PEOPLE flouting Scotland’s “lockdown” face being arrested and forced into isolation, Humza Yousaf has warned.

Scotland’s Justice Secretary announced the move as official figures revealed 16 people in Scotland have died as a result of coronavirus. Across the UK, there have been 422 deaths of patients who had tested positive for Covid-19.

The scale of the outbreak is expected to be so significant that it emerged the military is to help run one of the UK’s largest exhibition spaces as it is turned into a field hospital.

Up to 4000 patients will be able to receive treatment at the ExCeL Centre in London, which is being dubbed the Nightingale Hospital. It will be staffed by NHS workers supported by the armed forces and will initially provide about 500 beds equipped with ventilators and oxygen.

As Scotland and the UK entered the first day of an effective lockdown, Holyrood – now sitting for just one day a week – debated emergency Westminster legislation to combat the virus, including shutting down non-essential businesses and measures that would mean defying the lockdown could be treated as a criminal offence.

Yousaf also revealed prisoners could be released if the jail system is overwhelmed by coronavirus.

He told MSPs the “unprecedented” arrest powers could be invoked against individuals, events and

public gatherings when there is a

“serious and imminent threat to

public health”.

Those found breaching public health regulations will face a fine or “other enforcement action”, he said.

Explaining the new powers set out in the UK Government’s emergency Coronavirus Bill, expected to come into force by the end of the month, the Justice Secretary added: “This includes powers allowing the police in Scotland to support and enforce public health measures, including powers to detain people and put them in appropriate isolation facilities if necessary to protect public health.

“The bill also gives Scottish Ministers the power to restrict or prohibit events or gatherings where incidence or transmission of coronavirus constitutes a serious and imminent threat to public health.

“These measures are unprecedented but we must take this action now to save lives.”

MSPs yesterday unanimously passed a legislative consent motion in support of the UK Coronavirus Bill, which is expected to gain royal

assent today.

Scotland’s Constitutional Relations Secretary, Michael Russell, told Holyrood the Scottish Government would act to introduce the new powers as soon as emergency legislation at Westminster is passed.

He also pledged their use would be kept under constant review, in line with scientific advice.

Russell told MSPs: “We have

now taken the decision, as part of

our response, to commence upon royal assent the powers within the bill, which will ensure that all necessary enforcement action can be taken to implement social distancing and restriction on gatherings, events and operation of business activity without further delay.

“Those powers allow us to make emergency regulations where we believe there is an urgent need for them.

“We believe there is an urgent need and we will make those regulations now. That means those regulations will come into force immediately and will remain in force provided they are approved by Parliament within 28 days of being made.”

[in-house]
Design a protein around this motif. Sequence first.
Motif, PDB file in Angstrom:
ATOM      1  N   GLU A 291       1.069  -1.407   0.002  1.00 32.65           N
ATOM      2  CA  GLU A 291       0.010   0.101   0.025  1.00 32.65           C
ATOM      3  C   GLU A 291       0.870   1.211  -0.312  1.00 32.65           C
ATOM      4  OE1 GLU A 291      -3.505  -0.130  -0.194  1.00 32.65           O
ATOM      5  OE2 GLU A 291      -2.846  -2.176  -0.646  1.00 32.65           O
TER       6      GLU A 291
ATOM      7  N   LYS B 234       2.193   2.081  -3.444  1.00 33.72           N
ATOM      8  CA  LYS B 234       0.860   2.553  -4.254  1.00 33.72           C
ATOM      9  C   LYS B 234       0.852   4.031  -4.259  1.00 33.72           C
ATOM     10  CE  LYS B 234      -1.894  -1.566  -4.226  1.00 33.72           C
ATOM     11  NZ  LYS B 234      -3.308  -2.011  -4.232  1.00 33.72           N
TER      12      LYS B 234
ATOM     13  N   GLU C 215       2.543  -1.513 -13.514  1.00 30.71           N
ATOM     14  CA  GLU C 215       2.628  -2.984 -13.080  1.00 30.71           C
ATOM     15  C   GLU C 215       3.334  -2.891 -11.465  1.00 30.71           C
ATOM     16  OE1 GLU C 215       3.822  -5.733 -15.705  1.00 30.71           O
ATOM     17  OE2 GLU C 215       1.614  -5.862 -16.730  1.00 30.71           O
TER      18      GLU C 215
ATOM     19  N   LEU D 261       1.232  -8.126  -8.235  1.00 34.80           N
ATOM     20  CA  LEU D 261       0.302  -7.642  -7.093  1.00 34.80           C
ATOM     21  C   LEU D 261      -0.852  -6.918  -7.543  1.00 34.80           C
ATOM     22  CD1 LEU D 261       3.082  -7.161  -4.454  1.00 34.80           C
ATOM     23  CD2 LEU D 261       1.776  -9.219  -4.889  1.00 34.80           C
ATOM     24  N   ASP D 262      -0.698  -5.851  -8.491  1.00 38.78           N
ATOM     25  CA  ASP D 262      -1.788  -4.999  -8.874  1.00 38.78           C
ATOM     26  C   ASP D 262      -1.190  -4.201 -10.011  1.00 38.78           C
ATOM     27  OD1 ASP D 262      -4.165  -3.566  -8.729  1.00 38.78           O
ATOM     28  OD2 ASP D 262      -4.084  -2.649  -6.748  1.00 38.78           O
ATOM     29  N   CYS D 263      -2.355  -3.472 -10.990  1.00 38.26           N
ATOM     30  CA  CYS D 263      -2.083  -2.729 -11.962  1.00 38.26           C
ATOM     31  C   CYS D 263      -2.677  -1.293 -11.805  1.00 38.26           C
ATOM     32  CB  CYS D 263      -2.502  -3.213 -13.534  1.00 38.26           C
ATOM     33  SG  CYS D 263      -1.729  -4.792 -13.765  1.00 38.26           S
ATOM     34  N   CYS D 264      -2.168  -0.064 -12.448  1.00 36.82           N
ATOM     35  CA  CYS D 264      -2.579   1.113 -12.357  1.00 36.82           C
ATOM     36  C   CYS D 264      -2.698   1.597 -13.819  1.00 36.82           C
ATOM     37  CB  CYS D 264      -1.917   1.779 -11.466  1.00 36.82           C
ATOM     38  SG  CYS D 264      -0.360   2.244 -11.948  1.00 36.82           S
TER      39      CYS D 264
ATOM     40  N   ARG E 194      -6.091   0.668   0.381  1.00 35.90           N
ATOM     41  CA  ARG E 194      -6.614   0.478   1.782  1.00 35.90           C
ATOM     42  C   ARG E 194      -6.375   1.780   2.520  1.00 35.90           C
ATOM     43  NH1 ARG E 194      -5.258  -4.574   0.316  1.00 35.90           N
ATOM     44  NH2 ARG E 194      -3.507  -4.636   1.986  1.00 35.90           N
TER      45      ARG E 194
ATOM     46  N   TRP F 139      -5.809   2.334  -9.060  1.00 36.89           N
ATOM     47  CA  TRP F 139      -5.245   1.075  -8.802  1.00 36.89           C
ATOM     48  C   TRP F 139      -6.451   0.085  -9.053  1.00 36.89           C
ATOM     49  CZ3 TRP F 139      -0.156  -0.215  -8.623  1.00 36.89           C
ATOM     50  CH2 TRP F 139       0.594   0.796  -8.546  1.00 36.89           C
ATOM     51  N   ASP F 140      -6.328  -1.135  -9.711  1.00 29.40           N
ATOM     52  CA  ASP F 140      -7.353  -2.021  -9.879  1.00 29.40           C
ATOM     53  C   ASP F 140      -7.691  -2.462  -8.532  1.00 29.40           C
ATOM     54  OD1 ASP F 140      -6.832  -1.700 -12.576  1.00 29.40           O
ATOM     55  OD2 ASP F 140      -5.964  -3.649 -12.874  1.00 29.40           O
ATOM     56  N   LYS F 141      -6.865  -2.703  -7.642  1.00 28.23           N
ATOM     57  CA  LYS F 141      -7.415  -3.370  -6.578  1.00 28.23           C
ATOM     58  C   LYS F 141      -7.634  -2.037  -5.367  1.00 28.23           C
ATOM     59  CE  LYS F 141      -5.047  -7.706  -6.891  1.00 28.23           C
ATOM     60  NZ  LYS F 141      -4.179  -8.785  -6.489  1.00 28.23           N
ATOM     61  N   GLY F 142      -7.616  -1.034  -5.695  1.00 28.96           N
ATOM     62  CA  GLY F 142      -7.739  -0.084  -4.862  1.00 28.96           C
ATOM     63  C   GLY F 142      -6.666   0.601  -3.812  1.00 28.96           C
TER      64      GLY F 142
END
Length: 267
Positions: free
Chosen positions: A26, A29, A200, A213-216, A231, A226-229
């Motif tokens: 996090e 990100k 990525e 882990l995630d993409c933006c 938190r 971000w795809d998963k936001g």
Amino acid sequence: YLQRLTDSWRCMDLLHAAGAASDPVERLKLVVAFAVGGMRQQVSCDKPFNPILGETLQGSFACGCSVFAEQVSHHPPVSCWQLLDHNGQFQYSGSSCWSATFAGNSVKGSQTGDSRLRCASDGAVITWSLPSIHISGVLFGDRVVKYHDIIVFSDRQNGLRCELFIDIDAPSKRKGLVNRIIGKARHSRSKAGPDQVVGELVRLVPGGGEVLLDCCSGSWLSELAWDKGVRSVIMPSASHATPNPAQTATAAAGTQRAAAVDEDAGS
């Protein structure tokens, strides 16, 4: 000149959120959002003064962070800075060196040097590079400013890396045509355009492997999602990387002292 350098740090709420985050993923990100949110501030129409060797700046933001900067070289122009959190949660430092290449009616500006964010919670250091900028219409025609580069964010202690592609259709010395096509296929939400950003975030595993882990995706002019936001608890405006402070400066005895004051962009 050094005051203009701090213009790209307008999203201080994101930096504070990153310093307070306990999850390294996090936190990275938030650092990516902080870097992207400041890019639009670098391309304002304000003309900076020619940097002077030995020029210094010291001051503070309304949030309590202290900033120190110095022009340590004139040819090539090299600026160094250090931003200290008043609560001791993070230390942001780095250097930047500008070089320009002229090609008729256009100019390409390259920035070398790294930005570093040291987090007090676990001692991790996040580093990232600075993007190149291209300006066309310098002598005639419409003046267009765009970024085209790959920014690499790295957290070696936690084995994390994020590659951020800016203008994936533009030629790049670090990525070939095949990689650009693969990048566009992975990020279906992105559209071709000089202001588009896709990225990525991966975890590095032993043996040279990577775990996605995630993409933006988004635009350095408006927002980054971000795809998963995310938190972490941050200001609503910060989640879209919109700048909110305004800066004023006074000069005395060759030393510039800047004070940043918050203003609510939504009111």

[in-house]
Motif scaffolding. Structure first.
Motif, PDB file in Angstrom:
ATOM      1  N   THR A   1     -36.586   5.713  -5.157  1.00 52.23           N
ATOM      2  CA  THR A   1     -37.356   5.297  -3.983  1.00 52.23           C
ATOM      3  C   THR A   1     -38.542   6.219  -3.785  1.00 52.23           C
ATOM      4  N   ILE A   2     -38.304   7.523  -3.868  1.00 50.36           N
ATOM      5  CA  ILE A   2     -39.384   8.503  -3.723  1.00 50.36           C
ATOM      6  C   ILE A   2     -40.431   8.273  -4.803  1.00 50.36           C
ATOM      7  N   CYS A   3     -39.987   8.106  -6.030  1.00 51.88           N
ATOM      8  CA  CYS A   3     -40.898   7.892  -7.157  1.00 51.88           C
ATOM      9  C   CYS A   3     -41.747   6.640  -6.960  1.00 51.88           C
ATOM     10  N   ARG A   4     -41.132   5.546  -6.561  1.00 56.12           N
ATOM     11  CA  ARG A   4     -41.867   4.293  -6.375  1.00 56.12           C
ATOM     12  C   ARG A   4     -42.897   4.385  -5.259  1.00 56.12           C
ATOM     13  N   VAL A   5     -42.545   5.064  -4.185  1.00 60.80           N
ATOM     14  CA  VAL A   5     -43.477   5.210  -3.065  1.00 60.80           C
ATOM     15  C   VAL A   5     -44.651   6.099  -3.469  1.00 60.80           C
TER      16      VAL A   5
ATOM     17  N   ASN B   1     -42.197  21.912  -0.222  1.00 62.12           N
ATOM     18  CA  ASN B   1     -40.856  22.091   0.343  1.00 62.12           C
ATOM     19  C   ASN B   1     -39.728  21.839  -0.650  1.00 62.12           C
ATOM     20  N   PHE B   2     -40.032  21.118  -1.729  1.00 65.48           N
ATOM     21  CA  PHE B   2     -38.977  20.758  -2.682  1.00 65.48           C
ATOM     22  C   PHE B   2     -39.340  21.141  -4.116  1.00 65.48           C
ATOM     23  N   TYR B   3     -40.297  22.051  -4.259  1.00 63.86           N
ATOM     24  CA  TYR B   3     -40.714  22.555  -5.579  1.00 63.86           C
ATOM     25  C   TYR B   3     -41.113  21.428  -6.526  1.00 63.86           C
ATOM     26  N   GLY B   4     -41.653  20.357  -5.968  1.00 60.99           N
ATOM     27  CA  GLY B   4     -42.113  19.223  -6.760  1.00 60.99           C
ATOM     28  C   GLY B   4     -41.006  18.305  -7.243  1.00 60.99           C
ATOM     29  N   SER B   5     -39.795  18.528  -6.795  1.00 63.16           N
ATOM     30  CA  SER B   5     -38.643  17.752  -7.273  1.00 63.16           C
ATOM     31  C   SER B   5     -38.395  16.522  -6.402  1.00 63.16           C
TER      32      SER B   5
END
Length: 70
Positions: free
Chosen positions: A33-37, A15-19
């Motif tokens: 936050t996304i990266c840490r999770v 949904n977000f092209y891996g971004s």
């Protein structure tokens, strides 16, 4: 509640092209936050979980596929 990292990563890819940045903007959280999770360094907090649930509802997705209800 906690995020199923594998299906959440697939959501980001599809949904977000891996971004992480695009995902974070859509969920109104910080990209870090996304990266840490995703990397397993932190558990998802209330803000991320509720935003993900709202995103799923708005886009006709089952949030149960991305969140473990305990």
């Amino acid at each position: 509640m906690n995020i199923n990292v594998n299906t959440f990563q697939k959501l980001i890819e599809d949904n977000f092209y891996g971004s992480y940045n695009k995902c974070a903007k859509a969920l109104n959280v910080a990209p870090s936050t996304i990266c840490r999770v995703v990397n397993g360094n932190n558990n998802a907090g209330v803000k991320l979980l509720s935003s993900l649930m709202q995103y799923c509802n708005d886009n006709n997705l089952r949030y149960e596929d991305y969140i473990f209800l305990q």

Russell said new restrictions, which effectively amount to Scotland being placed in lockdown, are “difficult” and “distressing”.

But he insisted the legislation, which introduces measures aimed at increasing the number of available health and care staff and protecting the food chain, was “essential”.

Russell said: “Pandemics have been experienced before – each time there is fear, there is dread, there are difficult decisions and, yes, there is death.

“But there is also courage and

hope and determination. We learn from those who have gone before

us, because they made it through and they told the tale, and we intend to do the same.”

Scottish Conservative constitution spokesman Murdo Fraser said: “It is, in my view, essential that both the Scottish Government and the UK Government have the emergency powers to tackle the unprecedented crisis we’re now facing.”

MSPs from all parties agreed Holyrood should give its approval to the Westminster legislation.

Labour leader Richard Leonard said

the Scottish Parliament should scrap its Easter break. He said: “At a time of

a national emergency, we think this national Parliament should not go into Easter recess but that we should continue to scrutinise what is happening in the midst of this emergency.”

Scottish Greens co-leader Patrick Harvie told MSPs the Coronavirus Bill was necessary but not something his party would support in normal circumstances. He said the bill did not go far enough, calling for an increase to the level of statutory sick pay or the introduction of a universal basic income.

Scottish Liberal Democrat leader Willie Rennie gave his party’s support to the legislative consent motion, adding that he looked forward to it being repealed.

In a further measure announced yesterday, the Scottish Government plans to impose a six-month ban on evictions of tenants in private rented accommodation. Ministers will outlaw evictions for those living in properties rented privately or social housing due to the coronavirus outbreak.